WSVN -- From the second we are born we start aging. Christine Menaged is trying to do everything she can to live longer.
Christine Menaged: "I eat pretty healthy. I try to stay stress-free."
The 40-something mom of two thinks she looks pretty good for her age, and works hard at staying in shape.
Christine Menaged: "I work out every day, at least six days a week."
Renee Ramirez is the complete opposite
Renee Ramirez: "Healthwise, I eat a lot of fast food. I survive on fast food Every weekend. I go out clubbing and during the week I get a couple of happy hours."
But when he looks in the mirror, he sees a young man.
Renee Ramirez: "I never thought of myself as getting old, being that I'm 33."
Researchers now know it's not your age or how you look on the outside that matters, it's how fast you are aging at a cellular level.
Dr. Juan Remos: "You really need to look inside to see what the real picture is."
To do that you'll need to know the length of your telomeres.
Jonathan Stein: "Telomeres essentially are long stretches of DNA that are on the ends of each chromosome. They cap them and protect them in the exact same way, that shoe lace protectors protect your shoe laces, and for almost the same reason, they protect your chromosomes from unraveling."
Telomeres shorten as we age and once they get too short, your cells will stop dividing.
Jonathan Stein: "When your cells stop dividing all sorts of bad things happen. We know that shortened telomeres are strongly associated with stroke and cardiovascular risk."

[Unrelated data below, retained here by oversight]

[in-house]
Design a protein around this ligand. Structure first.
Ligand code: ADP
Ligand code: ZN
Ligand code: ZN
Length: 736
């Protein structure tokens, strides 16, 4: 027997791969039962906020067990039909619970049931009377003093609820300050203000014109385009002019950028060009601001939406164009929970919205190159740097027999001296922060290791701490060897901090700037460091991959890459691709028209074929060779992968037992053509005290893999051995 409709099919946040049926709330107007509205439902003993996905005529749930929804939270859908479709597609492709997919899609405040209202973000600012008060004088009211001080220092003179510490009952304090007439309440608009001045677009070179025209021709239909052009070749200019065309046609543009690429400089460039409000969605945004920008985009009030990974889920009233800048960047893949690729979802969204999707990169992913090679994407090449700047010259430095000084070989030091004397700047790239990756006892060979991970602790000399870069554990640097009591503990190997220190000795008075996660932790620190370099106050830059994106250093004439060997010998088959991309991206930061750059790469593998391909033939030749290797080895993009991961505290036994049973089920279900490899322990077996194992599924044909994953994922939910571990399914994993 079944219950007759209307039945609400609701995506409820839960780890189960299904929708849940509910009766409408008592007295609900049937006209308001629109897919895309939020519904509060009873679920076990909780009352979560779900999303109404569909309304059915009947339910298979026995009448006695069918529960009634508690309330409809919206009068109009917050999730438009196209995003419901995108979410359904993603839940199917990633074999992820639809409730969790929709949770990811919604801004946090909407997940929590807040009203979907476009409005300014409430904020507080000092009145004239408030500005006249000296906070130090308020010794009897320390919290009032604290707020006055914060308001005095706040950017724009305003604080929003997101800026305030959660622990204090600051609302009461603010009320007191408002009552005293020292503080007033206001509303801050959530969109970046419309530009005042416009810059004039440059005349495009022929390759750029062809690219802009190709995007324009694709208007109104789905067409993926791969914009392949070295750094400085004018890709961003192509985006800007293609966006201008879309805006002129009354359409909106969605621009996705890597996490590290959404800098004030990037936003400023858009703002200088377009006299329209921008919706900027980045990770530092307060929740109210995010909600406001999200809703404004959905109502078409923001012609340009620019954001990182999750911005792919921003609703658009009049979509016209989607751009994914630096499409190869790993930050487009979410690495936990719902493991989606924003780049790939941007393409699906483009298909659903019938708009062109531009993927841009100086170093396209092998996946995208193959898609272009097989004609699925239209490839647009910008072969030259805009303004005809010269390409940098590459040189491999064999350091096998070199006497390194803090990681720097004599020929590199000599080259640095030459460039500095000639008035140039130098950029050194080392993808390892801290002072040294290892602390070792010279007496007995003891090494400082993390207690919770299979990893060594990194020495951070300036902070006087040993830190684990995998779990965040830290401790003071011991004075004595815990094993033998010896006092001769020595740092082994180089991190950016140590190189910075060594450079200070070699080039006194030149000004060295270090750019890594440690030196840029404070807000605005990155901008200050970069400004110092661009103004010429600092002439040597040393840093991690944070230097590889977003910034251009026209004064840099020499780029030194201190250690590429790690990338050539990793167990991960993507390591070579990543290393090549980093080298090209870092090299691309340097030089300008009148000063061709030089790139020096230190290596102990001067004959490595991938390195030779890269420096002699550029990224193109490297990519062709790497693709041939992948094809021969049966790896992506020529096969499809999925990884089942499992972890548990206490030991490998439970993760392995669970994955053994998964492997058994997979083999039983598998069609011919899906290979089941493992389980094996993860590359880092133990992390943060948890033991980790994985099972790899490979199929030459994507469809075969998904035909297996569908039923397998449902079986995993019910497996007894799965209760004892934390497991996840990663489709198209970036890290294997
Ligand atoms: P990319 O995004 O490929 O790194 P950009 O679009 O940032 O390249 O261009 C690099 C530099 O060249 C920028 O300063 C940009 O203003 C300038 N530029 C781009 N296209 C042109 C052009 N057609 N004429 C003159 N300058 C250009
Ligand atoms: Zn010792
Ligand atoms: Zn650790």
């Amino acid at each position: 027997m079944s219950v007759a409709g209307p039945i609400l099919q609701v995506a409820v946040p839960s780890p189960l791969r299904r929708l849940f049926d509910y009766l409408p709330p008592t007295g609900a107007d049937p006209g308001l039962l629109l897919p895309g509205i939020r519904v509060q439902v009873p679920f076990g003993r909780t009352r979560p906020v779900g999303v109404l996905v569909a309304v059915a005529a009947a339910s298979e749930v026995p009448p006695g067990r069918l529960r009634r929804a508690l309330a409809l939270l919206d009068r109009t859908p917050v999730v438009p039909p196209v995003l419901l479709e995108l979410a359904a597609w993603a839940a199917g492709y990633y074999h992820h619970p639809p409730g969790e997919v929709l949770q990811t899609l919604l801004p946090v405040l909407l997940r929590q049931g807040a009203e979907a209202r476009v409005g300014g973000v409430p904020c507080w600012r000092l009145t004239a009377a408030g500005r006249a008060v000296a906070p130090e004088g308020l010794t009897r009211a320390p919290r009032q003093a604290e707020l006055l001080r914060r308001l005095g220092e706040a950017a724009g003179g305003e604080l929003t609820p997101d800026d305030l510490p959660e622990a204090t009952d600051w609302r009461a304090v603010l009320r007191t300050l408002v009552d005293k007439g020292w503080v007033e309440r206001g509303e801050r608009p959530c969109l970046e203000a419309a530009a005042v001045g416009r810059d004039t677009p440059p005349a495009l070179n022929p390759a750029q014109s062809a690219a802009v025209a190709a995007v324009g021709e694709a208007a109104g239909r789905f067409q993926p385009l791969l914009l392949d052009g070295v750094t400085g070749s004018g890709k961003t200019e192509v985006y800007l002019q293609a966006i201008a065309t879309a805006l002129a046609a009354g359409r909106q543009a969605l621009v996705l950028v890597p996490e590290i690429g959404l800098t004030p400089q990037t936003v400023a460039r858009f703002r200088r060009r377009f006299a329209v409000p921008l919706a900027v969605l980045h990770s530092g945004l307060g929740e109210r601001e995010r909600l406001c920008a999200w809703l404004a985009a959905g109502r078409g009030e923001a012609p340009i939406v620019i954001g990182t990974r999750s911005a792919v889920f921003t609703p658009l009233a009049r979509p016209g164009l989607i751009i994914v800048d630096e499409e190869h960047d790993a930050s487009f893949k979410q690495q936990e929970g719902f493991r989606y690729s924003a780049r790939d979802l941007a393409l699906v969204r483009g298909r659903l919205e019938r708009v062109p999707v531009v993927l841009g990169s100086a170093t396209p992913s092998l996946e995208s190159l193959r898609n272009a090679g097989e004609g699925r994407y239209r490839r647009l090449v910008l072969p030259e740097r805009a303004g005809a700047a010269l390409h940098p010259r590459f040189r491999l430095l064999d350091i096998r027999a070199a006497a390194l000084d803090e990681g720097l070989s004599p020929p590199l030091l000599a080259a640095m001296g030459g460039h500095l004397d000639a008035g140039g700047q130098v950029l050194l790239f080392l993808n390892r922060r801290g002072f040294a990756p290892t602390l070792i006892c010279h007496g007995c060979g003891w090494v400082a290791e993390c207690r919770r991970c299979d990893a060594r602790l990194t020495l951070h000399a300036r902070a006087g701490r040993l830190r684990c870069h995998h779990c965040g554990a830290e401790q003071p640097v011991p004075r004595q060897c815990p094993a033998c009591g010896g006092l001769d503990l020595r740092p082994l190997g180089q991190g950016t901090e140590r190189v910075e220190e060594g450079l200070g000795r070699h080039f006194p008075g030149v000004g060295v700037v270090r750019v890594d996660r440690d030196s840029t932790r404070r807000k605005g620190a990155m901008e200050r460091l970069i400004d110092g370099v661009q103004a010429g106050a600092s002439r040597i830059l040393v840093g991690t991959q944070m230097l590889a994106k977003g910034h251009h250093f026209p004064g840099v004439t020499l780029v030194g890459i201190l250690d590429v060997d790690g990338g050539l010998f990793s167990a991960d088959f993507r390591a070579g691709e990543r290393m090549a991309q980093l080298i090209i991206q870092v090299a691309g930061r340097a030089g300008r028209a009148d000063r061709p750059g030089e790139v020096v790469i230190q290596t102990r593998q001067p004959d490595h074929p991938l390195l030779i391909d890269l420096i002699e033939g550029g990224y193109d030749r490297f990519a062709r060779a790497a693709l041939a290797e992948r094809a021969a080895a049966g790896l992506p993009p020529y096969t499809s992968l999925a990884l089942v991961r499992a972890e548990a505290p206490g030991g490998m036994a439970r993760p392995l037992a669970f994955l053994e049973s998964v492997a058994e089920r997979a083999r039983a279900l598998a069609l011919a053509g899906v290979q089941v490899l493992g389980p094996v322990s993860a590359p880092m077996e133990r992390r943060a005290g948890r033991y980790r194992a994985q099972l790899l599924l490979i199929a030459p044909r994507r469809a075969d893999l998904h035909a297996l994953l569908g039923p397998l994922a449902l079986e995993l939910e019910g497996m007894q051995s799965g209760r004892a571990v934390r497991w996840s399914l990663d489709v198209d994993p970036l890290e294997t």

Dr. Remos: "The shorter the telomere, the shorter the life span."
And doctors say how fast telomeres shrink can be dependent on your lifestyle.
Dr. Remos: "If you find that you have a shorter telomere than average for your age, it's very likely you may have lived a fast life, you're a smoker, short sleep, very stressful life."
The Miami Institute of Age Management is now offering a breakthrough telomere test. They take a small amount of blood, send it off to a lab to measure the length of your telomeres.
The higher the telomere score the younger the cells.
Dr. Remos: "Essentially, what it does is it measures the wear and tear on your cells. How fast are your cells aging."
Renee and Christine both took the test. Christine's test results were above average for her age. Meaning her healthy lifestyle is paying off.
Christine Menaged: "I got pretty good results."
But Renee got news that no 33-year-old wants to hear.
Renee Ramirez: "I'm supposed to be on the line, or above. Come to find out I'm under that means that I'm aging quicker."
Meaning his body is essentially older than he is. Doctors say there are things you can do to turn things around.
Dr. Juan Remos: "The most important thing is exercise moderately, eat fruits and vegetables and sleep well. Manage your stress. Stress is a big, big culprit of short telomeres because of the free radicals it releases."
After this test of time, Renee is ready to make some big changes.
Renee Ramirez: "I got married 3 years ago and now we're trying to have kids, so I do want to live a longer life and take care of myself."
Diana Diaz: "Doctors want to stress the telomere test is not a replacement for any other preventative or diagnostic test."